I was wondering how good thunderbolt is for adding a beefier PCI graphics card to my MacBook Air.

If I use a PCI enclosure like this, will the card integrate with the Mac to enhance the performance of the computer or a display?

  • There are a lot of questions being asked here, you'll find that you get the best results if you stick to one. It is also fairly broad. You're asking "how Thunderbolt graphics cards work", "what benefit they provide", and implying if it'll fix your current issue with Photoshop and other large, intensive apps. If you clean up this question to be a bit more focused with a single question, flag it and request it to be reopened. Dec 20, 2012 at 11:30

4 Answers 4


Unfortunately, there isn't currently a graphics card on the market that has a Thunderbolt-aware driver. Without that, the solution isn't going to work. All of the manufacturers of such enclosures have stated that there is significant demand for exactly what you're inquiring about here, and you might be best served to join some of their mailing lists to keep up with changes, i.e. cards that become compatible. Magma for instance, has a list of "coming soon" cards on their site for their particular enclosure, but not a single graphics card. Yet.

Don't also forget - Thunderbolt in its current state has a theoretical maximum bandwidth of 10Gbps (that's gigabits), or 1.25 gigabytes, per second and is made up of a DisplayPort signal coupled with PCIe 2.0 x4.

As you may be aware, most high end graphics cards on the market are PCI 2.0 (or even 3.0 now) and run best with an x8 slot or ideally, x16. That kind of bandwidth — from 4GB/s on PCIe 2.0 x8 to 16GB/s on PCIe 3.0 x16 — is way over the ability of Thunderbolt.

So, even if there is eventually a card that would work, with a Thunderbolt-enabled driver that was available for your Mac - you won't likely get much more performance out of it that you couldn't get out of, say, the GeForce 650M chip in the current 15-inch Retina MacBook Pro (mid-2012).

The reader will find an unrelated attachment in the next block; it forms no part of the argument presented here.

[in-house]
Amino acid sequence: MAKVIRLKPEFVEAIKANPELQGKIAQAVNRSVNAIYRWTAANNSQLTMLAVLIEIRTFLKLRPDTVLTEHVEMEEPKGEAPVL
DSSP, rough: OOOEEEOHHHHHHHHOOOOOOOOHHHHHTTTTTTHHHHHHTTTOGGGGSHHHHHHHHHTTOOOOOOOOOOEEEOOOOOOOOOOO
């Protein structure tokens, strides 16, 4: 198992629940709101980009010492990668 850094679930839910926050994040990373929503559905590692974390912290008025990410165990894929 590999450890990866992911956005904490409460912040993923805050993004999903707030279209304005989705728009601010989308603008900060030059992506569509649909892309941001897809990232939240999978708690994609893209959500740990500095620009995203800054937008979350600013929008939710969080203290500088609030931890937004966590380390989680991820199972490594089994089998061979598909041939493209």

For practicality's sake, I'd suggest thinking about how if your current laptop's graphics capabilities don't suit your needs, perhaps you might consider upgrading. It will be likely be a long time before there's a card that will run in the configuration you are contemplating.


I have read nothing but high marks for this sort of PCI expansion when you want to get any PCI card to work with a Mac.

As long as the card itself would work when it's in a Mac Pro, there's no reason to think an Air wouldn't recognize it. Any program that can offload calculations to the GPU would see a speed boost, but unless you ran an external monitor - the built in display of your Air would still be driven by the on-board GPU and not the external GPU.


The idea is a solid one on the way. First off you DON'T NEED an external monitor unless it is on the Mac operating system. This isn't much a problem as macs can EASILY do boot camp. You can use Nvidia Optimus software or LucidLogix GPU virtuMVP software to just offload the rendering of the integrated GPU onto any other discrete GPU ergo the external card. The problem isn't the external enclosure or the virtuMVP software. I talked to lucidlogix and they stated it WILL work provided the driver installs correctly and they wont because PCI Express dont play nice with thunderbolt sadly. So screw the bandwidth because many others have tried it with PCIE x1 via expresscard or the x1 slot beneath the laptop (windows long time ago) & anyway thunderbolt 2 is comin out so that there is double but regardless, you WILL see performance in general. Now there are hacks to getting cards to work externally however, they were based off of the old methods. http://www.journaldulapin.com/2013/08/24/a-thunderbolt-gpu-on-a-mac-how-to/ Try if you want but those methods require expresscard. It's on its way, I can't try this out myself because I can't afford those external thunderbolt chassys at the moment & they dont sell em in circuits like the old methods :(


They do have them, for PCIe cards.


  • Sadly, no GPU support. Intel has been blocking any TB-GPU solutions from being TB certified over unspecified "incompatibility problems".
    – Fuzzy76
    Aug 4, 2013 at 17:20

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